In Steadfast Manufacturing & Storage Limited v HMRC TC7770, HMRC were unsuccessful in attempting to disallow the costs of resurfacing a yard as capital. The First Tier Tribunal (FTT) found there was no improvement and allowed the costs as a revenue deduction for repairs.

The FTT found that:

HMRC's reviewing officer noted in his review conclusion letter that, “I do not think, on the balance of probabilities, that the new surface does anything more than the previous surface did, except so far as it may not require repairs as often as before”.

The judge said that the reduced need for repairs does not of itself make the expenditure capital. In this case, it would be an inevitable result of repairing the yard properly, rather than in patches. In order to be capital, the reduced need for repairs would have to result from the bringing into existence of something new that had an enduring benefit to the business.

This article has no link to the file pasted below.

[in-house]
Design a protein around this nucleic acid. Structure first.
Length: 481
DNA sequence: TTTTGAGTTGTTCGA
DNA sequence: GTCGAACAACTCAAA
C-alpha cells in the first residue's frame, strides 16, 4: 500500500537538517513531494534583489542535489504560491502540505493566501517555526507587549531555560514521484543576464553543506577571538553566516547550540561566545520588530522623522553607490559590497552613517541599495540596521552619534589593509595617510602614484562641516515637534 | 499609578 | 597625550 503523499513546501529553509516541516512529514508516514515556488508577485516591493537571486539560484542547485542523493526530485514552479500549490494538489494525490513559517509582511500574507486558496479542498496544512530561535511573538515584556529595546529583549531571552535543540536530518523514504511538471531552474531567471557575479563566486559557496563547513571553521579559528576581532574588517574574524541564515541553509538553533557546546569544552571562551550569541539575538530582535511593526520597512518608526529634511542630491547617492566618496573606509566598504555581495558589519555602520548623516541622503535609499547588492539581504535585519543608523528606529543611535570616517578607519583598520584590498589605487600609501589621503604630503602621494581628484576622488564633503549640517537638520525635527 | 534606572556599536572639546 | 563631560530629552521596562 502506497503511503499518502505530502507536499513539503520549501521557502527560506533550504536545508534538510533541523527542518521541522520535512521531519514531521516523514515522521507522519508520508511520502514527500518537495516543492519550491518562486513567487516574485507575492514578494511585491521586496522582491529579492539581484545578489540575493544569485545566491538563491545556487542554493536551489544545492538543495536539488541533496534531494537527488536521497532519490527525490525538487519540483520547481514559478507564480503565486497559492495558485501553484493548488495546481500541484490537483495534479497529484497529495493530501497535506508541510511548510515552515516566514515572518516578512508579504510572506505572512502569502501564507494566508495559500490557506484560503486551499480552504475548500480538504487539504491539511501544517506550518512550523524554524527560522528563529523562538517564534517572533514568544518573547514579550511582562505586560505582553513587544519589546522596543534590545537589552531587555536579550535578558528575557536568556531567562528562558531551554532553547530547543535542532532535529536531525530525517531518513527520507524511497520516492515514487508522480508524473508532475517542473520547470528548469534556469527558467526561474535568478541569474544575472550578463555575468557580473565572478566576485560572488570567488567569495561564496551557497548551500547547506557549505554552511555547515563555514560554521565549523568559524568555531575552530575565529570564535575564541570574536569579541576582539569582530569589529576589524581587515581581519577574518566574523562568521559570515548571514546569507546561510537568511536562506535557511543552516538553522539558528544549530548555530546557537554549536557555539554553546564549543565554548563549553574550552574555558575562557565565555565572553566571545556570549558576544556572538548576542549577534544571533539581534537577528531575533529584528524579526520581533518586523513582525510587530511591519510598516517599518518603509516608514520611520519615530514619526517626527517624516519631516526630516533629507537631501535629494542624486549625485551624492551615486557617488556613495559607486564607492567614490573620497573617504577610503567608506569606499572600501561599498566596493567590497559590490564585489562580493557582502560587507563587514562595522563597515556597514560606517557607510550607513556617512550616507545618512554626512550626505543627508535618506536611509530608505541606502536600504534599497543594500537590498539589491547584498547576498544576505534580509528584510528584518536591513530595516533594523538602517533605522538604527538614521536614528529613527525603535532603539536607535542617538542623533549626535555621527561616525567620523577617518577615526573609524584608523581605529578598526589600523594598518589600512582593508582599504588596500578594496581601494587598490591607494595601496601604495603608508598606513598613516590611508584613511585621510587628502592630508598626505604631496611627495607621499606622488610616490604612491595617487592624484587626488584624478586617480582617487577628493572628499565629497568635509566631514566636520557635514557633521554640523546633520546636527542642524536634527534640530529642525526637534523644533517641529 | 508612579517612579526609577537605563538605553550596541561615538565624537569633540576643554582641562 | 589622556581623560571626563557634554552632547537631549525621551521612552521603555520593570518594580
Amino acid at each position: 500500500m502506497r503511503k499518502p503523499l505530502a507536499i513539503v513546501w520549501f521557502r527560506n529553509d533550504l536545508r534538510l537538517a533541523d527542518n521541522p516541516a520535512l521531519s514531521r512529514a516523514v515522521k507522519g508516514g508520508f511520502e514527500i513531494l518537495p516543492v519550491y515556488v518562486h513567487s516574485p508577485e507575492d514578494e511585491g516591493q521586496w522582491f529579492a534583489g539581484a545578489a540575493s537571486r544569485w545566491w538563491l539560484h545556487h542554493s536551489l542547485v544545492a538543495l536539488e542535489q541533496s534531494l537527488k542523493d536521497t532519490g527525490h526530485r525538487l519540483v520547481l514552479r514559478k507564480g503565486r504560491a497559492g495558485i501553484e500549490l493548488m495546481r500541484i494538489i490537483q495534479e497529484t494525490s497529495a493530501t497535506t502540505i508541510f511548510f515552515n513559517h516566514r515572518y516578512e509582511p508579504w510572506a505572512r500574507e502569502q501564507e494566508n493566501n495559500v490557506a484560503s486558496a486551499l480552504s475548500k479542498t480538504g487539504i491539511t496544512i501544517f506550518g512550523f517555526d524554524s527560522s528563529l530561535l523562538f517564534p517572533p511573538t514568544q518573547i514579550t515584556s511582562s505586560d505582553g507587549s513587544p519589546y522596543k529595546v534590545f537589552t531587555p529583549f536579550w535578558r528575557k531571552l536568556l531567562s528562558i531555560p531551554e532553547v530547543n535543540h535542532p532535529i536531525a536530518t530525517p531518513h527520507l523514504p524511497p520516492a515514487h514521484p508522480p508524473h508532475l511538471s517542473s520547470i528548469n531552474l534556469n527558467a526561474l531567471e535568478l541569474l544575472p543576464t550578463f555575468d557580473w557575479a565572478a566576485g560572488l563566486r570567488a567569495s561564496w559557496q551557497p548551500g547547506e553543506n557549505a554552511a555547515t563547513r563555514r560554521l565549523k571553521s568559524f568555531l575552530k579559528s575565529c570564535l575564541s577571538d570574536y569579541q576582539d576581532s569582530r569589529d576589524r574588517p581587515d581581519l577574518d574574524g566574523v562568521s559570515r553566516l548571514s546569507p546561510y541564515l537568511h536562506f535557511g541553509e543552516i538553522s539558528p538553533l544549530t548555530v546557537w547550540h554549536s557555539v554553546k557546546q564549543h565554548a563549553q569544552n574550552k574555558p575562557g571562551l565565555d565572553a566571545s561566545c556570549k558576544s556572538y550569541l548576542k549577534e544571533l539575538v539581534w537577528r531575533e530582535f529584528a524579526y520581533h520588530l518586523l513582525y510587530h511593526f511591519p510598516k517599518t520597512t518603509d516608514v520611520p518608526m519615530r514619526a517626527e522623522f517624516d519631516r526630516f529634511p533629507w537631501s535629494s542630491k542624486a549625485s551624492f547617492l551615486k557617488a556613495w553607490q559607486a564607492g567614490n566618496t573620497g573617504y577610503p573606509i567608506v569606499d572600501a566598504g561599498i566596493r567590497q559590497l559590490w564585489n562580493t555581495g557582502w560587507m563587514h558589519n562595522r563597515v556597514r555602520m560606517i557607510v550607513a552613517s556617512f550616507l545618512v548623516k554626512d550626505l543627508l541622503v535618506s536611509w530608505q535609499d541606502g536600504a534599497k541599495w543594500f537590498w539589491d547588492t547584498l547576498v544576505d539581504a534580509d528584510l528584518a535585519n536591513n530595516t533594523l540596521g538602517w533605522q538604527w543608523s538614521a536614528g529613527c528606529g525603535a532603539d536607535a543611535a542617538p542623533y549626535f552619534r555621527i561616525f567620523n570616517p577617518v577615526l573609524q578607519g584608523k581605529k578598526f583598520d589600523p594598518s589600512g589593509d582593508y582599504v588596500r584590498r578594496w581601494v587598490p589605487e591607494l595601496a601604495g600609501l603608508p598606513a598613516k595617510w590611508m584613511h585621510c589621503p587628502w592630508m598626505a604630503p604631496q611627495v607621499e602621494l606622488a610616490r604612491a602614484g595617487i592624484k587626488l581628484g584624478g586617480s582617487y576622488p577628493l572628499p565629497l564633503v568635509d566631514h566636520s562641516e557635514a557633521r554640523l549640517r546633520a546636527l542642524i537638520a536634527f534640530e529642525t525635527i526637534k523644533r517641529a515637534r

A novel line of argument from HMRC in that carrying out decent repairs will create an 'enduring advantage' for the taxpayer. The judge found that this is not supported by any case law. HMRC have not got a good track record when it comes to resurfacing, as the decisions in Hopegear Properties, Cairnsmill Caravan Park and G Pratt & Sons etc reveal (see Repairs & Renewals, subscriber guide)


Repairs & renewals
What expenses can you claim for tax? In what situations are repairs disallowed and treated as capital expenditure?

Plant & machinery
What expenditure qualifies for capital allowances?

Fixtures and integral features
What are the rules for property repairs and renewals?

External links

Steadfast Manufactuing & Storage Limited v HMRC TC7770